Corey Potter Is Out. What Does He Mean To The Oilers?

The bad news came yesterday morning via the Oilers' Twitter feed:

Potter_out_medium

Corey Potter, the biggest story of the first six weeks of the season, is down for four weeks.  Taken by itself, the news is hard to handle.  Potter has been a bright spot on a defense that's been Ladislav Smid - Tom Gilbert and a patchwork quilt.  Taken in concert with Ryan Whitney's continuing injury problems, Andy Sutton's groin issues and the collapse of Theo Peckham's game and the news is devastating.  What does Potter's loss mean to the Oilers and can anyone draw in to adequately replace his minutes?

Potter was Tom Renney's guy.  Signed away from the Rangers organization supposedly as an AHL veteran to stabilize the Barons' blueline, Potter stuck on the NHL roster after Ryan Whitney was lost to yet another injury.  Not only did he manage to hang on to a roster spot, he was quickly elevated to the second pairing and handled the minutes extremely well.  From the defensive deployments article:

Tom_renney_s_defense_deployment_medium

*Click to enlarge or find the full-sized chart here.

Potter played much easier minutes compared to Gilbert or Smid, but he came out on the positive side of the shots ledger (adjusted for zonestarts), something only Andy Sutton was able to do against even easier competition.

Potter's raw numbers at even strength have been impressive.  His Corsi % with the game tied has been downright dominant at 56%:


Corsi Tied % Corsi Tied % W/O
Corey Potter 0.561 0.410
Tom Gilbert 0.488 0.447
Andy Sutton 0.469 0.458
Jeff Petry 0.463 0.459
Ladislav Smid 0.453 0.463
Ryan Whitney 0.435 0.463
Alex Plante 0.400 0.461
Theo Peckham 0.392 0.481
Cam Barker 0.380 0.491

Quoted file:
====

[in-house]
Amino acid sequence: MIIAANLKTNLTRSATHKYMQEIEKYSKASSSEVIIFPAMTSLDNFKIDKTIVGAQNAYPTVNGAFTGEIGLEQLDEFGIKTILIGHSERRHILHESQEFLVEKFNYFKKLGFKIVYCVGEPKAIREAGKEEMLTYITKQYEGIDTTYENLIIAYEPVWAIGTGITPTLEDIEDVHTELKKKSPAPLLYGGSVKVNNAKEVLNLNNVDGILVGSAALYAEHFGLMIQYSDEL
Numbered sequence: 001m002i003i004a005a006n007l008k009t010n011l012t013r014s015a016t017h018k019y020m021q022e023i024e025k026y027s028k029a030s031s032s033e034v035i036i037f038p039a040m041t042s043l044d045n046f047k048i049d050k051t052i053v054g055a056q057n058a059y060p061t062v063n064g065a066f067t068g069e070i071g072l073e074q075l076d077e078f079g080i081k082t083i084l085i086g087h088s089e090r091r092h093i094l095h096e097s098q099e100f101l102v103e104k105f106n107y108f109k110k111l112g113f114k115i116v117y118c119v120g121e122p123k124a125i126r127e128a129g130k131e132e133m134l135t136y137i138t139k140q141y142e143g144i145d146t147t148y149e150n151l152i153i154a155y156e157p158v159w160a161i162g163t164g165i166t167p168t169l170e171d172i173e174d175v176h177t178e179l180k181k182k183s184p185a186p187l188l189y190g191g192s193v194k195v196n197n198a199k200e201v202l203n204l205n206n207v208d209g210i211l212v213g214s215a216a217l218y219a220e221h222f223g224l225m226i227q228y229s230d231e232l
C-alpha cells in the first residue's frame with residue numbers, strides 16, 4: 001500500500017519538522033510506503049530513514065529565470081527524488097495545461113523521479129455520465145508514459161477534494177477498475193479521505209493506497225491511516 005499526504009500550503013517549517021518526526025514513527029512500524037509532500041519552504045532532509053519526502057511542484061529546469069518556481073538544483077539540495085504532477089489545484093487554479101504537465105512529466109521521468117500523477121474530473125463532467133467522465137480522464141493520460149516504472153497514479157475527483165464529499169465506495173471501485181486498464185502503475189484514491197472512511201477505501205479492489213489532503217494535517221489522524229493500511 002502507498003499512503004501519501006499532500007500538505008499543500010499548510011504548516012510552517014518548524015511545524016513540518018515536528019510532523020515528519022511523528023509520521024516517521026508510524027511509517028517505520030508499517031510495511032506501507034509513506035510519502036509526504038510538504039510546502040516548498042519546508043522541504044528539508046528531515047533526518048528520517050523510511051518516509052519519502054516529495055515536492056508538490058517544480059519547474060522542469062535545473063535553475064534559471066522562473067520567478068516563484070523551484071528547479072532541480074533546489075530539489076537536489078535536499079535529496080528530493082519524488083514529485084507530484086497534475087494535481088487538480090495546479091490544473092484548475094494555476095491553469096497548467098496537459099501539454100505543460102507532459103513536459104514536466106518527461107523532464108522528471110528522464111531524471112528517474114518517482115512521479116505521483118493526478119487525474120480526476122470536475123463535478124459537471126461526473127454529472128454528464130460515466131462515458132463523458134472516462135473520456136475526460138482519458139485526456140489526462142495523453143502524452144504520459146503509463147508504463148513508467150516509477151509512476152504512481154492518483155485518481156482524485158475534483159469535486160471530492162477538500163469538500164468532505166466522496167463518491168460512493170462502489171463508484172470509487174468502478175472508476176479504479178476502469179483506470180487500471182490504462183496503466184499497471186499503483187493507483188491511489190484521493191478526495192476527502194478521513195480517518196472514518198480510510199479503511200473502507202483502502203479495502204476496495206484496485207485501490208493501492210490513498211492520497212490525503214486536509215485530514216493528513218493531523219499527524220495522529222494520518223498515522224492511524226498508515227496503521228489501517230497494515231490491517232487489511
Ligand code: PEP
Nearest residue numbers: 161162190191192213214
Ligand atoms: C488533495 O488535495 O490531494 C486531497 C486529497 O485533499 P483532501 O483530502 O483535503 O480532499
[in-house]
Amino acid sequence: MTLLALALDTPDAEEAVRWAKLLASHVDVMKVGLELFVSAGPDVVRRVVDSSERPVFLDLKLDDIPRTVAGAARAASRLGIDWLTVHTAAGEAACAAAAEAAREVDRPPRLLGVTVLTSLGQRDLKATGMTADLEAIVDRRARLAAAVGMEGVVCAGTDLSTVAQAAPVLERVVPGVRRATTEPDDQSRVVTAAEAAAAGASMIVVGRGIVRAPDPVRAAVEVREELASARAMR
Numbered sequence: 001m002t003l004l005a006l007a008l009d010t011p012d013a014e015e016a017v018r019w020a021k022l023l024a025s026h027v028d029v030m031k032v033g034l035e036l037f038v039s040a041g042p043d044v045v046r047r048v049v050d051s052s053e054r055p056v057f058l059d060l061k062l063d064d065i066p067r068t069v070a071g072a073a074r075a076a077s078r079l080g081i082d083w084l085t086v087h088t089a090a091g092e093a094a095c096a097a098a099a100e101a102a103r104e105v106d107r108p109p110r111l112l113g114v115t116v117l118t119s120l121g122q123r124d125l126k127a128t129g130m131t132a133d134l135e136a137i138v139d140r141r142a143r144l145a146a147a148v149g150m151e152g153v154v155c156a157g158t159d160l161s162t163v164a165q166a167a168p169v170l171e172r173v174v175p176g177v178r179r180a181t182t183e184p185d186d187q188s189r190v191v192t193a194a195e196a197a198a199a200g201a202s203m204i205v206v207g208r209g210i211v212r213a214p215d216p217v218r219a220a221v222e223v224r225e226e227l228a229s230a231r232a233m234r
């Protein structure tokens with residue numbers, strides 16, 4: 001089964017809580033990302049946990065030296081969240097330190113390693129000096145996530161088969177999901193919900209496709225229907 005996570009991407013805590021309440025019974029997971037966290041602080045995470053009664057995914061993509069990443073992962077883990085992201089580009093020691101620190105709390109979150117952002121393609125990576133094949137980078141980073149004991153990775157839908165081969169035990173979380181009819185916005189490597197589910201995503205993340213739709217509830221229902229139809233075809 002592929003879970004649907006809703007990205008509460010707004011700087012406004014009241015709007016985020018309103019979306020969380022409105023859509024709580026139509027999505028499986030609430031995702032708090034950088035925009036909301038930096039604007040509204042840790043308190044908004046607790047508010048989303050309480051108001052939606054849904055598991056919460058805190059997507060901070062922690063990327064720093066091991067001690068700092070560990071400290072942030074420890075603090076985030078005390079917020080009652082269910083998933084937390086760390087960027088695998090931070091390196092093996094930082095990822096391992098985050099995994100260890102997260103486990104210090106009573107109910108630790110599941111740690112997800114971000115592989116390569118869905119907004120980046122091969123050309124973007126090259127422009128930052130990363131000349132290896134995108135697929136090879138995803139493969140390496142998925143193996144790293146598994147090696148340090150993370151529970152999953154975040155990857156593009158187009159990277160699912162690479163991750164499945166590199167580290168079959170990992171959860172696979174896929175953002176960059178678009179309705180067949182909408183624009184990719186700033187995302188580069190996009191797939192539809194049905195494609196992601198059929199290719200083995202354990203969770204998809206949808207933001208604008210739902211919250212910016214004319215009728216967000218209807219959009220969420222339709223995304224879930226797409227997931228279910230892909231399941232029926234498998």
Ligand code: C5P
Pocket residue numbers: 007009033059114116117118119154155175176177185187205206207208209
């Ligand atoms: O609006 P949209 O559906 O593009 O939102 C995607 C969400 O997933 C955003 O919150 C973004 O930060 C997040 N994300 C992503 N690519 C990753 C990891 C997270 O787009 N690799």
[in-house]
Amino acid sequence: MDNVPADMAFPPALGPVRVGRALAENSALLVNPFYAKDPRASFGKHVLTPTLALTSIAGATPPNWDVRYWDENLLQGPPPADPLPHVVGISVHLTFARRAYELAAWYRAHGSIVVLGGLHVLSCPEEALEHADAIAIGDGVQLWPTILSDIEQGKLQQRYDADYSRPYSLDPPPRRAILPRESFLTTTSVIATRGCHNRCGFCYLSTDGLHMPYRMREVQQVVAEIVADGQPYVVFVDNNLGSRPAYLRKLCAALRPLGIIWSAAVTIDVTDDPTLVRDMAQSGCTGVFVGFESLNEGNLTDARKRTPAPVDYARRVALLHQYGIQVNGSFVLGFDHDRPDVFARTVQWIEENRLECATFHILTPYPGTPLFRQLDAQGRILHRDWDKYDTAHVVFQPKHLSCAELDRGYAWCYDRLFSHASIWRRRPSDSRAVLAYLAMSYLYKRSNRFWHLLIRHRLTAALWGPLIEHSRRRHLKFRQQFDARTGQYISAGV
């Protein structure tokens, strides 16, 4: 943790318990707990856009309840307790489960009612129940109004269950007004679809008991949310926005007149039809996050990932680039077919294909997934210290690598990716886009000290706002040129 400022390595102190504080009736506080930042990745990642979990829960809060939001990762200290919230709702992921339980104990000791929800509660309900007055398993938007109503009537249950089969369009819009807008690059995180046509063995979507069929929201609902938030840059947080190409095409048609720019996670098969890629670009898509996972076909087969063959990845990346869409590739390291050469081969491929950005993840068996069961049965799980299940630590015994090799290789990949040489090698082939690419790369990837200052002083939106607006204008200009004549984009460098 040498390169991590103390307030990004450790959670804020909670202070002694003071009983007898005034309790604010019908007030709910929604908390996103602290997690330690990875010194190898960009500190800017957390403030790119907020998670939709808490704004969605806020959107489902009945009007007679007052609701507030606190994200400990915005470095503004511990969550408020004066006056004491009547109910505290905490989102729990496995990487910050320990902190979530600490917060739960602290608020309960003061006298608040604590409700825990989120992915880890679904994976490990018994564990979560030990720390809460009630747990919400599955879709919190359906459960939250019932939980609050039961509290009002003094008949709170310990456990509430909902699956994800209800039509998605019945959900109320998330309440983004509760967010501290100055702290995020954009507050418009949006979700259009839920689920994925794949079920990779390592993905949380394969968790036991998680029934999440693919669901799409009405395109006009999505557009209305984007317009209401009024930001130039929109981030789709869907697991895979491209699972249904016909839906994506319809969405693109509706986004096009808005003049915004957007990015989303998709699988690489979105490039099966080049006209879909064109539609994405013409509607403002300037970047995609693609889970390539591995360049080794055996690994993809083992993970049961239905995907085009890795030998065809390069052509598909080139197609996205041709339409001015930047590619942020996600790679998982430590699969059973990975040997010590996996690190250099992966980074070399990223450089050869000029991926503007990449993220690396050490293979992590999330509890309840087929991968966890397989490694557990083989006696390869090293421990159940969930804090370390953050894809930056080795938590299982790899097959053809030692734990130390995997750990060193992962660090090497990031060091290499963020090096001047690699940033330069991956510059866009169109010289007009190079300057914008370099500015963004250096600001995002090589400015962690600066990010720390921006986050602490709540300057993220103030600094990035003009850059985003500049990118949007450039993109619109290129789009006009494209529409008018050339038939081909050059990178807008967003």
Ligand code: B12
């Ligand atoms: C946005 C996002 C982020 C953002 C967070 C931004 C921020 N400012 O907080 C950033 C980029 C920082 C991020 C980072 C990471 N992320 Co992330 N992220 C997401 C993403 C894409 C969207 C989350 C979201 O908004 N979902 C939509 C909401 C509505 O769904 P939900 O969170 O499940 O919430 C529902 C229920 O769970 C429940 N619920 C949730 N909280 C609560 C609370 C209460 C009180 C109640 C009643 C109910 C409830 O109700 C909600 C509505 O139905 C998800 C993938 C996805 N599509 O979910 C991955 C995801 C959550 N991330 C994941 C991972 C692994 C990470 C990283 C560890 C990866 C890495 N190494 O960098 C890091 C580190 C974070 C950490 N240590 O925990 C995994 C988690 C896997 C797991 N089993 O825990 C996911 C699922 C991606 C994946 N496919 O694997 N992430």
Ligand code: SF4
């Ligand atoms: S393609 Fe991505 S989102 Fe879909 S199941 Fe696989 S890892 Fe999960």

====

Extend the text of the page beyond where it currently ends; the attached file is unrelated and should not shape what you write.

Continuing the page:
Colten Teubert 0.267 0.466

Potter is getting the easier minutes, but he's clobbering them.  Cam Barker and Theo Peckham have all played easier minutes and have been flat out destroyed.  When it comes to replacements for Potter's minutes, Petry might be able to step in - he's played more difficult minutes, but the results haven't been good...yet.

Potter has also been a significant factor in the Oilers' power play success thus far.  Tom Renney has employed sort of a reverse umbrella, with Ryan Nugent-Hopkins up front with Taylor Hall and Shawn Horcoff and Jordan Eberle in a roving point spot.  Potter, the only defenseman on the first group, has been tasked with playing the blueline on his own most nights.  His results have been stellar.  In the table below, Potter's power play goals for on per 60 minutes stand far above any other Oilers' defenseman from the last five seasons.

Defenseman - Season PPGFON/60
Corey Potter - 2011 9.77
Sheldon Souray - 2008 6.72
Denis Grebeshkov - 2007 6.71
Sheldon Souray - 2007 6.29
Ryan Whitney - 2010 6.23
Tom Gilbert - 2011 6.19
Tom Gilbert - 2008 5.74
Denis Grebeshkov - 2008 5.62
Kurtis Foster - 2010 5.41
Lubomir Visnovsky - 2008 5.38
Tom Gilbert - 2007 5.36
Sheldon Souray - 2009 5.20
Joni Pitkanen - 2007 5.15
Jeff Petry - 2010 4.18
Tom Gilbert - 2010 3.95
Tom Gilbert - 2009 3.73
Cam Barker - 2011 3.33
Jeff Petry - 2011 3.26
Taylor Chorney -2009 2.40

Unless the Oilers can somehow convince Denis Grebeshkov to leave the KHL, they're not going to replace Potter's power play minutes  from this list.

When it comes to true second-pairing defenseman, Tom Renney is left to wait for Ryan Whitney's return from a knee injury and hope that the Oilers can hang on while icing a second pair of Theo Peckham and Jeff Petry.  It doesn't look promising.

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